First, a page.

I was left standing the waiting room with a handful of my babies clothes and his dummy, my heart in my throat. Walking away was rubbish, watching four strangers crowd around my baby, looking so little on the giant adult sized bed, blue gloved hands busy attaching probes and doing medical things as Mikaere lay there unconscious as we were ushered out the door. Leaving was hard. Trusting them to do their jobs and their jobs well when my little guy was asleep on the table… difficult.
I was unprepared for the leaving part. We’d been waiting so long for this all to finally go ahead, that I was more focused on tee-ing everything up, half believing it would, again, be postponed that when it was go time, I was unprepared. But there you have it, after months and months of waiting my son was right this minute being put under and I was being gently pulled out of the cubicle.
I wanted to cry when we left him and I almost caused a motherly fuss – my fear was overwhelming. (I don’t know exactly what I’d be fussing over, the right to stay? It doesn’t make any sense, because I know we’d never be able to stay. Emotions – not always logical).
There was a girl on the ward last night, while Mikaere fasted. She must be 18, young enough to be on the paediatric ward but old enough have a 1 year old of her own. She’s dislocated her jaw and has all the fear about the pain of having it reset in place. I overheard a lot of her fears and anger and confusion. Hours of it. She desperately wants to see her baby but can’t get over the fear of the pain that comes with having her jaw reset. And until it is, she can’t leave the hospital.
I’m not getting down on her, because I was there when they tried the first time and I heard how that went. But at the same time, I think the moral of the story is there is a choice. A short, sharp spike of pain and its done – no more pain, or a long drawn out pain while you wait and sit with your fears and fuss.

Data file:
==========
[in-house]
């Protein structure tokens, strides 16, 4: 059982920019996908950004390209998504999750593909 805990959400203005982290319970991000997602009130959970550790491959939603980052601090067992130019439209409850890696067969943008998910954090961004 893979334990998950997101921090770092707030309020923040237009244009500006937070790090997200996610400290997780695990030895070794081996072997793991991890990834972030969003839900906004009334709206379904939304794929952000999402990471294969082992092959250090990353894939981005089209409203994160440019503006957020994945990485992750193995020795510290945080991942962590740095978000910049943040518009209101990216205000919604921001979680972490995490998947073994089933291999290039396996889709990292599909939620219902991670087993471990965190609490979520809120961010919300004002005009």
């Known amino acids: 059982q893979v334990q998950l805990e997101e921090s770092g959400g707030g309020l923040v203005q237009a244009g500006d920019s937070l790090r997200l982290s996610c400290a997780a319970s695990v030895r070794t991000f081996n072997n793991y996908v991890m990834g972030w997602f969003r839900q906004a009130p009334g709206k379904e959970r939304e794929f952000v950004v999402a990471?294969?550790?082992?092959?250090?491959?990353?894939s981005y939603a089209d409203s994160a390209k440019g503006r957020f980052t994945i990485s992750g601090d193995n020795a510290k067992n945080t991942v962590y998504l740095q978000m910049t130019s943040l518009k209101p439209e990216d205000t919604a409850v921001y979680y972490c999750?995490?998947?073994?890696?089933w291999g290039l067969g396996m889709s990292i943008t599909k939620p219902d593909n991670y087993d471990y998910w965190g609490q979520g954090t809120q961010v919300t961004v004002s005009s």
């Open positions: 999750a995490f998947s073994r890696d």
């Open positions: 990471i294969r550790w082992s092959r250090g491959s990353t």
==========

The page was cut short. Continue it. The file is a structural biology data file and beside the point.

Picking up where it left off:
The main thing for me was how her fuss made things difficult for everyone else. For her family, for the nurses who were trying their very best to help her with her pain, the consultant who was on hand if she wanted to try. Us, and everyone else in the room who silently listened to her process all the things.
And as I sit in the waiting room for the first of this long drawn out waiting process of my own, I feel like it’s best to just get on with it. Waiting is rubbish and my fear of it all going twisty and wrong is high, but there is no point making a fuss. I don’t want to be like that girl on the ward going on and on, when I have the power to emotionally move myself forward. So instead I sit quietly and write you guys a blog post.
Mikaere’s under the general anaesthetic and is having an MRI. Up next, gastrostomy. I can’t sit still and I keep repeating that Mikaere will be fine. He will be. And I wait for the MRI doors to open.